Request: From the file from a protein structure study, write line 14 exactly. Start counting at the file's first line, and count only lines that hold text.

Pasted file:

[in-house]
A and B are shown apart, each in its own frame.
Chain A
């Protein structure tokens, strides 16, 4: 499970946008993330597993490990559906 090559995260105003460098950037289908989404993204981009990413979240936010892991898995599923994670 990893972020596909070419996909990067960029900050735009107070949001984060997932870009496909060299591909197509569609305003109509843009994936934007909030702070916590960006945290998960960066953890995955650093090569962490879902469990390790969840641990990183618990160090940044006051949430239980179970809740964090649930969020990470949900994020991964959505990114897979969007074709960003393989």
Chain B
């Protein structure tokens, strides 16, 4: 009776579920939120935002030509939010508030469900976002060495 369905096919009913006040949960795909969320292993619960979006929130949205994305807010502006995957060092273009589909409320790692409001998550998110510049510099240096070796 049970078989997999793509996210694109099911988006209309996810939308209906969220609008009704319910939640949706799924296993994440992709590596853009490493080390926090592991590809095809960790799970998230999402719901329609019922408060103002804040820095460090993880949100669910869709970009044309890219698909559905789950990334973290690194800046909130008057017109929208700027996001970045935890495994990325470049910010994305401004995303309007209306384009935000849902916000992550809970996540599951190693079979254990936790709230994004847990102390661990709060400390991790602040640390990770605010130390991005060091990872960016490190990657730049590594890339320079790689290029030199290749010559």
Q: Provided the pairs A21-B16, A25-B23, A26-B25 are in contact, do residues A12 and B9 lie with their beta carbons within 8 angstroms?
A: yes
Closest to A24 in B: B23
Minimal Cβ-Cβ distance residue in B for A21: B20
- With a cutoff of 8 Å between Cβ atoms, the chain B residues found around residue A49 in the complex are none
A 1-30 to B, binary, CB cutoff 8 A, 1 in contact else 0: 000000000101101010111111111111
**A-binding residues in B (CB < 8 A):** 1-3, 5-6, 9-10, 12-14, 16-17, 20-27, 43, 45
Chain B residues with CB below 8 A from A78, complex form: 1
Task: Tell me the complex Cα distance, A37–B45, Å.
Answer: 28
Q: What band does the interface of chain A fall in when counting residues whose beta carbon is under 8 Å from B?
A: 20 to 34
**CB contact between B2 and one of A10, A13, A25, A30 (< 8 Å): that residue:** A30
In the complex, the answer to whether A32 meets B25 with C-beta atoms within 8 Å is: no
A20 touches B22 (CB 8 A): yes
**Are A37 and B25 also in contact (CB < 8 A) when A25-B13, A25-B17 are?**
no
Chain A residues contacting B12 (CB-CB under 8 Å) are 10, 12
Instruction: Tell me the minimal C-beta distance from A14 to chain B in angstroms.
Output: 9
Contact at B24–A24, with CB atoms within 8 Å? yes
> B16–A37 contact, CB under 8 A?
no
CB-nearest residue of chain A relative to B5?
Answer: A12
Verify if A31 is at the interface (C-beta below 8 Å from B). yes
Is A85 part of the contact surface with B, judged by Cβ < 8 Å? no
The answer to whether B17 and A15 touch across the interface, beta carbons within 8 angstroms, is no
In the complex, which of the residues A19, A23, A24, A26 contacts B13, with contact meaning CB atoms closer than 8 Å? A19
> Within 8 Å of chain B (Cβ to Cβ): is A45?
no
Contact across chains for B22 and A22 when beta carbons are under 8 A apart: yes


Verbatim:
Chain B residues with CB below 8 A from A78, complex form: 1